marked with colored plastic bands; if you happen to see one, report it following the directions at the link. One that was sighted by Andrew on Long Island last year and then re-sighted in the Bahamas; at least one Bahamas plover has already been reported this spring in Connecticut.
Monday, March 14, 2011
Parrots of the World covers all 356 species of parrots, including extinct species such as the Carolina Parakeet. The guide groups species by geography rather than taxonomy, to make it easier to find species in the field. Each species is represented with the high quality painted illustrations I have come to expect from Princeton's field guides. Illustrations depict each species's major forms, as well as the uppersides and undersides of their wings and tails. The top and bottom views appear more like study skins than flying birds, but they achieve the same goal as a depiction of a flying bird would.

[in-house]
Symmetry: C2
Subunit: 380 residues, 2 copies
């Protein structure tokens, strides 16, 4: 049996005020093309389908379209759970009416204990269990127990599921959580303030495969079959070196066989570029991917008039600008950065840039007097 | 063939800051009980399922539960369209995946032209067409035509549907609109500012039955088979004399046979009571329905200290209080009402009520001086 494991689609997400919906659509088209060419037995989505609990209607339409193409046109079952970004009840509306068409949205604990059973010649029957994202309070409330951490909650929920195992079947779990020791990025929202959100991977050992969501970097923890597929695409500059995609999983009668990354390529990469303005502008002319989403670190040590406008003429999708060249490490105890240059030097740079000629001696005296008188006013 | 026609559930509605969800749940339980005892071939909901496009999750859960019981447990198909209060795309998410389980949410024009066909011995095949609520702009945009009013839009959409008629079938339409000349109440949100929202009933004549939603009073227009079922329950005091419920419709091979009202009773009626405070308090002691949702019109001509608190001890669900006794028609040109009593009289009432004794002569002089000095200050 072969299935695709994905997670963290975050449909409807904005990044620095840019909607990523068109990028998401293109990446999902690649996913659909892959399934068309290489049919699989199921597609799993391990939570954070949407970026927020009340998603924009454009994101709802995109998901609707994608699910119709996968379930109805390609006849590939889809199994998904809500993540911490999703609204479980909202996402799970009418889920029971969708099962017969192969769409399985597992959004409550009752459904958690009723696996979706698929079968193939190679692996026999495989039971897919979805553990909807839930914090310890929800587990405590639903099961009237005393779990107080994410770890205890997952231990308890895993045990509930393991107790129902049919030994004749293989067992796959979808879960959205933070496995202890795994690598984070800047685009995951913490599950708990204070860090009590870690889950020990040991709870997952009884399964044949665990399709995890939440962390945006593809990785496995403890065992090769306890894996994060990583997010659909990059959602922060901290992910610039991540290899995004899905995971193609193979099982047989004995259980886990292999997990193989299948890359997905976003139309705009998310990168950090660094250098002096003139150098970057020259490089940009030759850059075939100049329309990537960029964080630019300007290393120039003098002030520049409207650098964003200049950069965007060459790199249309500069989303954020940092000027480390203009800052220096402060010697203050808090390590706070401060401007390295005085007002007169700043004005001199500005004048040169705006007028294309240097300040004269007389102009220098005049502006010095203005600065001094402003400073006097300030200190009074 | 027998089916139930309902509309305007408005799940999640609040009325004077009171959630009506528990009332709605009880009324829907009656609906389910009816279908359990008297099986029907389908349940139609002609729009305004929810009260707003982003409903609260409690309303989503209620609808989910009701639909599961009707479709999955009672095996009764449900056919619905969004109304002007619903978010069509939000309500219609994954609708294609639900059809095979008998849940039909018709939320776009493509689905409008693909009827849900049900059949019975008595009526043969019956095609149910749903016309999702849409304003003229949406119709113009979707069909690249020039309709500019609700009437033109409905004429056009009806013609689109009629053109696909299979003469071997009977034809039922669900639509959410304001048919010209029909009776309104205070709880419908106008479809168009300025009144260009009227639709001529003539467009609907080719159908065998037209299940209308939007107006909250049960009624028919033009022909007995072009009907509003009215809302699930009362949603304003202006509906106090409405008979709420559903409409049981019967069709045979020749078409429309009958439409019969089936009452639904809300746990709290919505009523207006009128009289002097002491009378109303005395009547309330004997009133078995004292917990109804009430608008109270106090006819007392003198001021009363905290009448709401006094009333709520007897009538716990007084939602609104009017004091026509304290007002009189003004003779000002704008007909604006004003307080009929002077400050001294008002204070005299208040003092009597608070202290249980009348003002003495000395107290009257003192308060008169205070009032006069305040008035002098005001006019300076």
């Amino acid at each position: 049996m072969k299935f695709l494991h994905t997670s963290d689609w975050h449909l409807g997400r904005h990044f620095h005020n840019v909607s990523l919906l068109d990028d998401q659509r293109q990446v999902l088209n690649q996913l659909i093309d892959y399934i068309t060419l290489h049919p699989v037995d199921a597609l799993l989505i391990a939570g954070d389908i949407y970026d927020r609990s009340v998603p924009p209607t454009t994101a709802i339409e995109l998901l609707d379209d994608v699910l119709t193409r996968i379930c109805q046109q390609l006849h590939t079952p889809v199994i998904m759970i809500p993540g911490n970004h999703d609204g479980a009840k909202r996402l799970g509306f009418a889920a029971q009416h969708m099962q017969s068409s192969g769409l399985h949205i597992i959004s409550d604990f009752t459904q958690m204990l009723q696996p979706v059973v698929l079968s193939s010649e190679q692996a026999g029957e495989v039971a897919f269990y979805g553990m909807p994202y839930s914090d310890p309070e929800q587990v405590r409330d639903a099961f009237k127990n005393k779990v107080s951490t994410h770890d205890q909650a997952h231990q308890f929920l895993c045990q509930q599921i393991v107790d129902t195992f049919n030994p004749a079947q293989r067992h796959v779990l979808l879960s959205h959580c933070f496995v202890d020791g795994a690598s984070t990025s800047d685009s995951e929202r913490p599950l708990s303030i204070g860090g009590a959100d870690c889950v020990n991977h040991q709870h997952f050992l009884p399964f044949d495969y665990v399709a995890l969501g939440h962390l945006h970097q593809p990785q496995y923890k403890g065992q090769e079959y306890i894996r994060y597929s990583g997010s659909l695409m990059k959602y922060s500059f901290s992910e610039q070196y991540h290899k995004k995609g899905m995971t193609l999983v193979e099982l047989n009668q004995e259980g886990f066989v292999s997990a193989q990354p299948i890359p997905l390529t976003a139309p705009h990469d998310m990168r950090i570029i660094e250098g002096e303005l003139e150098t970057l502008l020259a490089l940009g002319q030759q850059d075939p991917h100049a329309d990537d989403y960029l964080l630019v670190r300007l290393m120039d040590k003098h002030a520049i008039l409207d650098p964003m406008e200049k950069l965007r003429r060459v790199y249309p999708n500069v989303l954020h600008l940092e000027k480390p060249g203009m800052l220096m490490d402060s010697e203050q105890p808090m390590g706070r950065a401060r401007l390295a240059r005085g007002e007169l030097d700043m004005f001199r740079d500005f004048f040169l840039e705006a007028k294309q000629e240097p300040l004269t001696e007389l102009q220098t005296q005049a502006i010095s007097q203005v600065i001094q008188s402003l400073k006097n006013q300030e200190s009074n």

Facing each color plate is a page with text for each depicted species. The accounts include a range map, identification points, and notes on the bird's distribution and conservation status. Each account also names a handful of places where a species is most likely to be found. The suggested locations are usually national parks or other protected reserves, or in some cases lodges that cater to birders.
Why might a North American birder want a field guide on parrots when the only native parrot species in the U.S. or Canada is extinct? First, parrots are beautiful and intriguing species. Some are highly intelligent, and many are threatened by habitat loss or capture. Of the 356 species, 123 are listed as threatened or endangered by BirdLife International. This makes parrots one of the most threatened groups of birds. This alone makes it worth learning more about parrots.